Ratings for the Monday night syndication debut of “Everybody Loves Raymond” offered an early glimmer of hope for what some term the ailing off-net comedy biz.
Off-net run of “Raymond” earned a 3.6 preliminary weighted metered market average rating when it debuted on TV stations across the country, according to Nielsen. Researchers were heartened by the perf — which ranked fourth behind stalwart off-net laffers “Friends” (4.6) “Seinfeld” (4.0) and “Frasier” (3.8) — for several reasons.
First, the show’s launch promotion virtually got knocked out. A week of promo appearances by the skein’s cast during the week of the terror attacks was canceled due to the disaster. Also due to the attacks, local TV stations have had less time than in past seasons to sked much in the way of on-air promos, which let viewers know when to tune in.
“Raymond,” like most syndie fare, is also fighting an uphill battle to draw viewers, as local TV signals are still weakened in New York City and traditional viewing patterns nationwide are disrupted by auds’ continued search for news updates.
Despite the setbacks, the “Raymond” debut matched that of “3rd Rock From the Sun” on Sept. 13, 1999, and topped that of “Drew Carey” the same day in ’99.
“Raymond” is being closely watched, as it’s one of the highest-profile new entries to the off-net sitcom business, which has weathered some disappointing laffer debuts in recent seasons: “3rd Rock” and “Drew” cost stations plenty and preemed in a season with little distraction.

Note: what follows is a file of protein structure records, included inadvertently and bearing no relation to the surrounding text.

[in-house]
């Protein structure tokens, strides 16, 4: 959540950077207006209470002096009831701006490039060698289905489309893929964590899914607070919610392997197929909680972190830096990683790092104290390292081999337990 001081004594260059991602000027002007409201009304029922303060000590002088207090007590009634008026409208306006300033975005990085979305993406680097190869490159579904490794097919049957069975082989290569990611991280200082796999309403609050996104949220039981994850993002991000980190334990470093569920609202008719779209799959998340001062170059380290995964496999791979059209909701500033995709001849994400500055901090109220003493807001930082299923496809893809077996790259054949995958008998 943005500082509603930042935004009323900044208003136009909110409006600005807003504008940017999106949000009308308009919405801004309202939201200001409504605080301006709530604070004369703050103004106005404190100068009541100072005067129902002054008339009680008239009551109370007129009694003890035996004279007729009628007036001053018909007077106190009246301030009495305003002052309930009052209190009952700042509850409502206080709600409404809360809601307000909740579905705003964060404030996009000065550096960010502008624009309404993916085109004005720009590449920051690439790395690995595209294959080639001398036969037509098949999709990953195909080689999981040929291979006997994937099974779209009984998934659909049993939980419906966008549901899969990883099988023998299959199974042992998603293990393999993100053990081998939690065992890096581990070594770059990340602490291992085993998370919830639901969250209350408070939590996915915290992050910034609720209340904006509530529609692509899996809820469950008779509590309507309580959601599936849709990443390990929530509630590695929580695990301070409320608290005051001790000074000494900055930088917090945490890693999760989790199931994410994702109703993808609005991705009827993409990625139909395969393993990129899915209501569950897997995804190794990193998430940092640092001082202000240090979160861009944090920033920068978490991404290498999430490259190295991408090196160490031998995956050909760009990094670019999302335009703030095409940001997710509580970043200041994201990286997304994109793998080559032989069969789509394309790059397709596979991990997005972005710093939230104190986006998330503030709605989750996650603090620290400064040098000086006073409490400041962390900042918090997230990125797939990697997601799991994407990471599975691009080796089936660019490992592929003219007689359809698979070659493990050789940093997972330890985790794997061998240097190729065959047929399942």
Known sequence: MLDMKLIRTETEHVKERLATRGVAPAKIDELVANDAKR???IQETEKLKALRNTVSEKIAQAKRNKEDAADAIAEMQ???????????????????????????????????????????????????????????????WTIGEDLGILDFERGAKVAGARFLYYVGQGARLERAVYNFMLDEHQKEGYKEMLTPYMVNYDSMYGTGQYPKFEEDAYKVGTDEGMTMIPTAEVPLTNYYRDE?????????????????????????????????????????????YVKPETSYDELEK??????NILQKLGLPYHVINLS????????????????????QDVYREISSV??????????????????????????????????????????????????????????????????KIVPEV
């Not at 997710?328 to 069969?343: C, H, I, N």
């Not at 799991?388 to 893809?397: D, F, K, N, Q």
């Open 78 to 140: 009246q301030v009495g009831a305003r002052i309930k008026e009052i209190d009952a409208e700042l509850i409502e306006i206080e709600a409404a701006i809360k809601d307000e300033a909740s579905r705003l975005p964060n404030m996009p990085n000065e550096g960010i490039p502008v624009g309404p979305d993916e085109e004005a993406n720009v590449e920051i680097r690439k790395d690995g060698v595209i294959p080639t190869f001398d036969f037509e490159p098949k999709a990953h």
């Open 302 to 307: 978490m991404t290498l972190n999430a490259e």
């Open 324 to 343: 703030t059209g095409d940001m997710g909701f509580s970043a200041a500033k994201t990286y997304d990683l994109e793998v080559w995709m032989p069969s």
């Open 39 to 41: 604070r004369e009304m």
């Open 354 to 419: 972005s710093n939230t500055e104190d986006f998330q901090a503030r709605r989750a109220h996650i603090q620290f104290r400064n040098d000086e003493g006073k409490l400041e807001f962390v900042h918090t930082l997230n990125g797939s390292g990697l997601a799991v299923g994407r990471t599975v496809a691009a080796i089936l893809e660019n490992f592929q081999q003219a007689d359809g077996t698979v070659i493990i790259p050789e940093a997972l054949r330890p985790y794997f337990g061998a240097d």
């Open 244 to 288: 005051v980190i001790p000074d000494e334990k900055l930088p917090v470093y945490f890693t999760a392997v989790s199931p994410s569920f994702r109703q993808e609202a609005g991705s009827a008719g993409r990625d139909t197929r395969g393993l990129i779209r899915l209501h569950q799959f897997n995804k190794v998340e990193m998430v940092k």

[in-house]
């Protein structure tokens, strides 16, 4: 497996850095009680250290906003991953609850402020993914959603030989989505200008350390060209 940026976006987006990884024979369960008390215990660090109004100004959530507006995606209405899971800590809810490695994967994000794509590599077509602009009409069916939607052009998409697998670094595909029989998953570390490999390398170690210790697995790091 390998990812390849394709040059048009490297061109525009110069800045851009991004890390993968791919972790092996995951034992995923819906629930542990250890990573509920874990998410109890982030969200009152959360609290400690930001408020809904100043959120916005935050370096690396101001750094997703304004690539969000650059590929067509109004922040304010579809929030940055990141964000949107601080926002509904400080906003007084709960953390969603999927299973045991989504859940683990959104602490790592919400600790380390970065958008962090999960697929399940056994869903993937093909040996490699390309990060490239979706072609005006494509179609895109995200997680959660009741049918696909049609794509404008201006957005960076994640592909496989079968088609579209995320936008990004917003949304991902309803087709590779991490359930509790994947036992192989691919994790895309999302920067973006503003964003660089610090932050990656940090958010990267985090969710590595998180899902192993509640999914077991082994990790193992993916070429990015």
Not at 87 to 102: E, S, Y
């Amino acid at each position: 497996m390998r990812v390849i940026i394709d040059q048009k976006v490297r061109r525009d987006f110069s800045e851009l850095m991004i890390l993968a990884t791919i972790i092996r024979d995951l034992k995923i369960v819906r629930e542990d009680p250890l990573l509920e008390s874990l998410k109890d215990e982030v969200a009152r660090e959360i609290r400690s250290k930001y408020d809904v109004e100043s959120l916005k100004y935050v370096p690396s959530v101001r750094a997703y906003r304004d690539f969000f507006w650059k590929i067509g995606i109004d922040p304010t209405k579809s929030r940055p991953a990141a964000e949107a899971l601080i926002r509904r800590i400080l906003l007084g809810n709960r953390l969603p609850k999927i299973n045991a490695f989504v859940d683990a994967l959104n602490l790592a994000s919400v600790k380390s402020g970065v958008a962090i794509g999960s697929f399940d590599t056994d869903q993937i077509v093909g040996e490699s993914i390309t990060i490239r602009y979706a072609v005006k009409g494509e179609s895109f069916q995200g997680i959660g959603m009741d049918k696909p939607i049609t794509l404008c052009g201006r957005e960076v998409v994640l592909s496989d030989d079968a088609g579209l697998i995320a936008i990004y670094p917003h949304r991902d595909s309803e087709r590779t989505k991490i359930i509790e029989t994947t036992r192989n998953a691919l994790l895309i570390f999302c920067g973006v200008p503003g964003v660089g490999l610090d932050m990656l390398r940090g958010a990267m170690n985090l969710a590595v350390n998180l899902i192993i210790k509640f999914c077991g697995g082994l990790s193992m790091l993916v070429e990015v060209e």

The off-net runs of “Just Shoot Me,” “King of the Hill” and “Steve Harvey” officially rolled out last week, arguably an even more difficult frame than this one in which to break through. “Shoot” earned a 2.1 this week on Monday, “King” a 2.6 and “Harvey” a 1.4.
Meanwhile in the off-net comedy business, Twentieth Television has cleared repeats of “The Hughleys” for a fall 2002 launch on stations repping coverage of more than 65% of the country.
Twentieth Television’s “Hughleys” has been sold to 55 TV stations, including WNYW/WWOR New York, KTTV/KCOP Los Angeles and WCIU Chicago, in a barter-only two-year deal.
Twentieth’s head of sales Paul Franklin said he was “absolutely” encouraged by the “Raymond” debut numbers as well as those of “King of the Hill,” which Twentieth distributes.
“Off-net sitcoms still rule in those time periods (the 5-8 p.m. blocks on stations such as the Fox stations and Tribune stations),” Franklin said. “They’re still strong, recognizable and promotable. That’s still the avenue that stations want to take and will continue to take.”
Twentieth TV prexy-chief operating officer Bob Cook said he has high hopes for “Hughleys” next year, as skein’s lead D.L. Hughley is a rising star.
“One of the key ingredients to this kind of program’s success is having a guy like him who has life outside sitcoms. He’s got movies, does standup tours and is a guest on many shows,” Cook said. “When you have somebody who is that pervasive in the marketplace, it helps the marketing of show. There’s an appetite for him and clearly a following for this show.”